I see Sergeant Rochester fiddle with a length of rope soon to be draped around someone’s neck, maybe my neck, maybe even his own. I cannot say who the criminal is, because I cannot remember my crime, and he has yet to confess to his.

Lord, she wakes me, and it is almost Christmas:

You were crying, she says.

Was I?

Yes. Something about ropes and cotton. 

She draws me near, and I close my eyes to her.

I don’t remember, I say.

You have them a lot.

Yes. I suppose.

Talk about it?

Not now. I want to listen to you breathe.

She laughs.  Now I’ll have to think about you listening to me breathe. 

She kisses my shoulder and it feels like summer on my skin.

Just breathe, I say, and I’ll do the same.

She turns off the light, 

and I cling to her for warmth. 

I wonder if the Christmas tree is too close to the heating vent, 

and what is hanging from each branch.

Lord, July:

An eruption of artillery, and we fall towards the sawgrass. 

Photo by JACK REDGATE from Pexels

Pentimento

He presumes to understand the cat sanskrit writ across the front mud yard, the vigorous dialect of entrails, the still-wet scribbles collected around the jacaranda tree trunk. He takes a rake to the mess, gathers bones in a small paper sack, folds dirt over the killing ground. This has become his morning ritual, and he has not yet told his children about the deeds of their second-favorite pet.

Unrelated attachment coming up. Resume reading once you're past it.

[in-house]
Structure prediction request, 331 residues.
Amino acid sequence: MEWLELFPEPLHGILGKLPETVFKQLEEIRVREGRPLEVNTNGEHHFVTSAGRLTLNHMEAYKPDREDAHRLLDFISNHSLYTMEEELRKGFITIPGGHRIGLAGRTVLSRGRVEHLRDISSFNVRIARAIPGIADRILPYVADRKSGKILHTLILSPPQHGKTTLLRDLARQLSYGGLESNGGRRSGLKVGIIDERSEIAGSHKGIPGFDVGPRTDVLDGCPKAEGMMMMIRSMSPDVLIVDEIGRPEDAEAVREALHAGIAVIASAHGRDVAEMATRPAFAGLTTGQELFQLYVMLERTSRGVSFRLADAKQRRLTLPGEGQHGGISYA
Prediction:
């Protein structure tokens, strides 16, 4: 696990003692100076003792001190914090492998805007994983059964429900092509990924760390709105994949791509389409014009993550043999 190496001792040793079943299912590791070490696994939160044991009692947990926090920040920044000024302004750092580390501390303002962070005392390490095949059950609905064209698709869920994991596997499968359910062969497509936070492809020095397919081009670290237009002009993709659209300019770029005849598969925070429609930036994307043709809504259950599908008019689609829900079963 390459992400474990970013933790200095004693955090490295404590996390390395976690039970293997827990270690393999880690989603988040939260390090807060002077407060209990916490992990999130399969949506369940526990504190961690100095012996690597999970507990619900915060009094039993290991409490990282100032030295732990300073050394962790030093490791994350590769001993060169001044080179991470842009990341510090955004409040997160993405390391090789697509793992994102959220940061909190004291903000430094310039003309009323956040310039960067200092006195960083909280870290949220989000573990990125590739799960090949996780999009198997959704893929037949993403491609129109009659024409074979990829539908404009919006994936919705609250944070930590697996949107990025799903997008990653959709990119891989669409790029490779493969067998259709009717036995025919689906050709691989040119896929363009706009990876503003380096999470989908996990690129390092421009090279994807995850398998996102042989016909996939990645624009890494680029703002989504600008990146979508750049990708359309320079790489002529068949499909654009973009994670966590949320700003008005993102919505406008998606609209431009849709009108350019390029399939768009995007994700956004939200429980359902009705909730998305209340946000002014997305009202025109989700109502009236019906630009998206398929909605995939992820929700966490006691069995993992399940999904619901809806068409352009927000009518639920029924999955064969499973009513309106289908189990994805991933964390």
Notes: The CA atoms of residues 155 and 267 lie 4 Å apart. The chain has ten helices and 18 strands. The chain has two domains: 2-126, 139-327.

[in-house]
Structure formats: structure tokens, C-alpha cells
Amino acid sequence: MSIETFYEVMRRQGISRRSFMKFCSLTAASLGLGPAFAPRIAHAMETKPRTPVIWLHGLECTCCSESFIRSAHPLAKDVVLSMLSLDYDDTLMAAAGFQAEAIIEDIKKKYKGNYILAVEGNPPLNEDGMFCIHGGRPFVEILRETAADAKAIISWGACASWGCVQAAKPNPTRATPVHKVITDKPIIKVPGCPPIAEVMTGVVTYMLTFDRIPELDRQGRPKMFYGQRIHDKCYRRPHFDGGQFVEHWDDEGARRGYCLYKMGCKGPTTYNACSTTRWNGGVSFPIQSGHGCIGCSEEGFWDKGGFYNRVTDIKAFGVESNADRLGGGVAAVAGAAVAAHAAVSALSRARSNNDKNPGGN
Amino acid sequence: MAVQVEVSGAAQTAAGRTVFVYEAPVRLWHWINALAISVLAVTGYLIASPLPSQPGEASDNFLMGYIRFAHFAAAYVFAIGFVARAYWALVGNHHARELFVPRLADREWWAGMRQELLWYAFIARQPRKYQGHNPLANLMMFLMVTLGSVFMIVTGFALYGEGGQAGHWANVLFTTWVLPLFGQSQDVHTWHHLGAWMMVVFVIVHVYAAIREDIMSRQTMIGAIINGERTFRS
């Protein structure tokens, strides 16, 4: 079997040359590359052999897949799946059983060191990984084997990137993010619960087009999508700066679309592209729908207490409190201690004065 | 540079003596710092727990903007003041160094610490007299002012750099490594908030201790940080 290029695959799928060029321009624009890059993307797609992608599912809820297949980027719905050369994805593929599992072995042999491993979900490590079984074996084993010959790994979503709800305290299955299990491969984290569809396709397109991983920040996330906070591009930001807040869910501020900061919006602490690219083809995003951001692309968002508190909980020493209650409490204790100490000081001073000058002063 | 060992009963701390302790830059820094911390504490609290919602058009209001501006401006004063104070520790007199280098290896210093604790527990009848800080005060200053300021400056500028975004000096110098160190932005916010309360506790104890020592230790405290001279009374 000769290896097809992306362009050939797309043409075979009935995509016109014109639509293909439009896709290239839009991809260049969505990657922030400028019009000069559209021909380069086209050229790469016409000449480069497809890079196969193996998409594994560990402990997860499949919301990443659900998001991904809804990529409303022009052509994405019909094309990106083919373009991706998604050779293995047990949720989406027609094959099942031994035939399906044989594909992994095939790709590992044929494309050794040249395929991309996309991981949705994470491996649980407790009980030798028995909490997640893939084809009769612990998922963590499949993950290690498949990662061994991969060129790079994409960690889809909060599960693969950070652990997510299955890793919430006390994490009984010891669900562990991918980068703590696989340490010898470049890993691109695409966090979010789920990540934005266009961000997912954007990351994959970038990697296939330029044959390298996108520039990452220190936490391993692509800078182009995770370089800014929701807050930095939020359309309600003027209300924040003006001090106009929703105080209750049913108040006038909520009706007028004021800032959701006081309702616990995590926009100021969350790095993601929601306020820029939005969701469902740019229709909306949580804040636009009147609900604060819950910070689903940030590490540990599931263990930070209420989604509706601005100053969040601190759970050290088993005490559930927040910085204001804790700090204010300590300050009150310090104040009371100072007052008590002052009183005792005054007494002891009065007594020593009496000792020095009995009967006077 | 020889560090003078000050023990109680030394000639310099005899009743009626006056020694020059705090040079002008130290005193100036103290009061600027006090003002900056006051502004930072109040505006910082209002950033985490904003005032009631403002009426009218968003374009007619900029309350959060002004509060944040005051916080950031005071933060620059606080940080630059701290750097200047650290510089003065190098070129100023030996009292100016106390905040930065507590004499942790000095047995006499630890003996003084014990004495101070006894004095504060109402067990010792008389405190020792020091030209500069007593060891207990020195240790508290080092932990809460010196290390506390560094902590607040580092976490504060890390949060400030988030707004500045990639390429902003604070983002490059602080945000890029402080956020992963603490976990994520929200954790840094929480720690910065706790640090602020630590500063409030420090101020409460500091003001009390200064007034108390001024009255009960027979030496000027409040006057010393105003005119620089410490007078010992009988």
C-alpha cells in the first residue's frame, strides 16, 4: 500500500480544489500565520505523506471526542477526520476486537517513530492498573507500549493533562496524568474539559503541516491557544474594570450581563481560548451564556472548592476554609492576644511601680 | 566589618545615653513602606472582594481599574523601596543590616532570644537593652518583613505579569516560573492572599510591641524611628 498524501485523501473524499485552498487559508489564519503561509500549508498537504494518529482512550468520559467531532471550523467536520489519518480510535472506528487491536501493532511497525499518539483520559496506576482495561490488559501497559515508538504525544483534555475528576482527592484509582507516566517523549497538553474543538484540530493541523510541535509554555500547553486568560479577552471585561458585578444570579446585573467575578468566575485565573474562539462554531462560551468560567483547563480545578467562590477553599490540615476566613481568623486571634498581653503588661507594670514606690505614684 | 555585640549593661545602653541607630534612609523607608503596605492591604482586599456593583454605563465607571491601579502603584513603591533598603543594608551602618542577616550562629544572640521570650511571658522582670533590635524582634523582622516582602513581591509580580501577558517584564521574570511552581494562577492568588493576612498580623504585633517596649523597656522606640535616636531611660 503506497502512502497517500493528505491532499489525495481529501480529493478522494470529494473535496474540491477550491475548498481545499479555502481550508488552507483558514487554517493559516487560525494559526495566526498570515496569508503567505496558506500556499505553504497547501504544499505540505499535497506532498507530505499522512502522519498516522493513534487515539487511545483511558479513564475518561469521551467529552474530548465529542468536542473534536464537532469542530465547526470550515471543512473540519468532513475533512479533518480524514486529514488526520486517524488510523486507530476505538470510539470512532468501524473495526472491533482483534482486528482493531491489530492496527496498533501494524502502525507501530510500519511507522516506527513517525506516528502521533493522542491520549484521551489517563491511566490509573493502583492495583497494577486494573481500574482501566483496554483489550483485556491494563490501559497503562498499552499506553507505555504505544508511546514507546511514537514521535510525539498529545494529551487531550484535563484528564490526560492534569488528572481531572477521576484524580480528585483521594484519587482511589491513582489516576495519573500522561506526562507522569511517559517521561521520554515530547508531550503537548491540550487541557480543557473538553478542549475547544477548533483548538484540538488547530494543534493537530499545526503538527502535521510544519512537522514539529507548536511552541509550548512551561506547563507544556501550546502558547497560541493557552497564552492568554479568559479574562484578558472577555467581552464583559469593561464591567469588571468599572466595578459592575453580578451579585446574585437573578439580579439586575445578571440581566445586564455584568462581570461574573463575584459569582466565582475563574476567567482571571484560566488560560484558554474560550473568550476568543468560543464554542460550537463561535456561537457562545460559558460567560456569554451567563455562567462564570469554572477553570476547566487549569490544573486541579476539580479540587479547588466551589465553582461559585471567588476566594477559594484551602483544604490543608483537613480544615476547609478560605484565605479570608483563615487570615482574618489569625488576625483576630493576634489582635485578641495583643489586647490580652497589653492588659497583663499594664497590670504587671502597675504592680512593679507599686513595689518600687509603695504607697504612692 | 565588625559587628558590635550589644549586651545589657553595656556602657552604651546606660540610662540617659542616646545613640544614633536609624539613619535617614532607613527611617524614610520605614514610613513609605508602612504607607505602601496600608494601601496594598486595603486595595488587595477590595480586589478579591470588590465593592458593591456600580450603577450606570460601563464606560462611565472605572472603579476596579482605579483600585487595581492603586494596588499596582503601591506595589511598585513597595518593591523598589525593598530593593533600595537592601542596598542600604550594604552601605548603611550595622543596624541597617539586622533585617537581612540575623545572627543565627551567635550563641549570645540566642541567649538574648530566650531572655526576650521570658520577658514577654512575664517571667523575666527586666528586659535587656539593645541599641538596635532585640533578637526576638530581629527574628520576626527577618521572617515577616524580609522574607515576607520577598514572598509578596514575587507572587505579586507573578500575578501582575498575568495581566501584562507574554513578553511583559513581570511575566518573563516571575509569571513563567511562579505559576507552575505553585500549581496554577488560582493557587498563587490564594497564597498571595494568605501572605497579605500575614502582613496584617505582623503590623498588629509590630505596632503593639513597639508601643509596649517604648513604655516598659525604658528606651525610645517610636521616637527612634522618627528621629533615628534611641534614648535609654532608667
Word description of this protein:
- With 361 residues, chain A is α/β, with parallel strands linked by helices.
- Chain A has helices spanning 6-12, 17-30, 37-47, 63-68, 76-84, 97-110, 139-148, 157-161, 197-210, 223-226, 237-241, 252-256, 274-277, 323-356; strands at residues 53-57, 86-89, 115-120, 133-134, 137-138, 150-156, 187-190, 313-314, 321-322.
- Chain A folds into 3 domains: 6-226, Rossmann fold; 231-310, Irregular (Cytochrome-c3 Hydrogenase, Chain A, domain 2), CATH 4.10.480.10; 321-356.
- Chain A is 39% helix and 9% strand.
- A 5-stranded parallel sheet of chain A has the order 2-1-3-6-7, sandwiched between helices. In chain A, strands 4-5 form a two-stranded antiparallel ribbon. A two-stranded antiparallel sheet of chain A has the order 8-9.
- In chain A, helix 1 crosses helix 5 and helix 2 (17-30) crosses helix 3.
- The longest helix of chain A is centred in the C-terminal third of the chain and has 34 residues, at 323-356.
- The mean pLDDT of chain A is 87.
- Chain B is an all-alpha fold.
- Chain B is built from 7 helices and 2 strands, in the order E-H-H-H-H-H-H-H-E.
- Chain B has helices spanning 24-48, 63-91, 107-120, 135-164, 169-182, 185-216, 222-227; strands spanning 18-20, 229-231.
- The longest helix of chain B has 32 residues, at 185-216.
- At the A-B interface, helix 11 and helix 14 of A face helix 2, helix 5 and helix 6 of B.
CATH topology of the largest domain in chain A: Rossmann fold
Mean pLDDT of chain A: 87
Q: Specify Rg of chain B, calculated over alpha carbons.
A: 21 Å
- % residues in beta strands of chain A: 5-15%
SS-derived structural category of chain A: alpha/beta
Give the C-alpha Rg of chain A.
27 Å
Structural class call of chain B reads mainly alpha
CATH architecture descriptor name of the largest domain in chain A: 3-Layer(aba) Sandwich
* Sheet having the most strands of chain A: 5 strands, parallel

All six sisters sit staunchly upright on an iron bench in front of Ay’s Grocery, waiting for the milk wagon. Some days the girls seem smaller as the early morning fog captures them wearing identical linen dresses.

“That’s alright, Papa,” said Mira, the oldest. “The birds are just waiting for us to die, anyway.”

To each child, a gift is given. The cruelty may be that it may not be discovered, so a father cannot nourish it, thinking it absent. Mira was twelve. He was forty-two and a half, if his birth certificate was correct. It was possible it was not.

“They are all sadness, these blessings,” said Cora, the fourth girl; that something so important could be so simply said.

His girls spoke things that felt substantial. He did not train them to do this. Their mother taught them quietly and privately, so they could save him from his grief.

He presumes to understand the cat sanskrit writ across the front mud yard, but he still cannot quite read the language of his daughters. They already know he hides the birds’ remains from them, and yet still choose to buy fresh milk each morning for their second-favorite pet.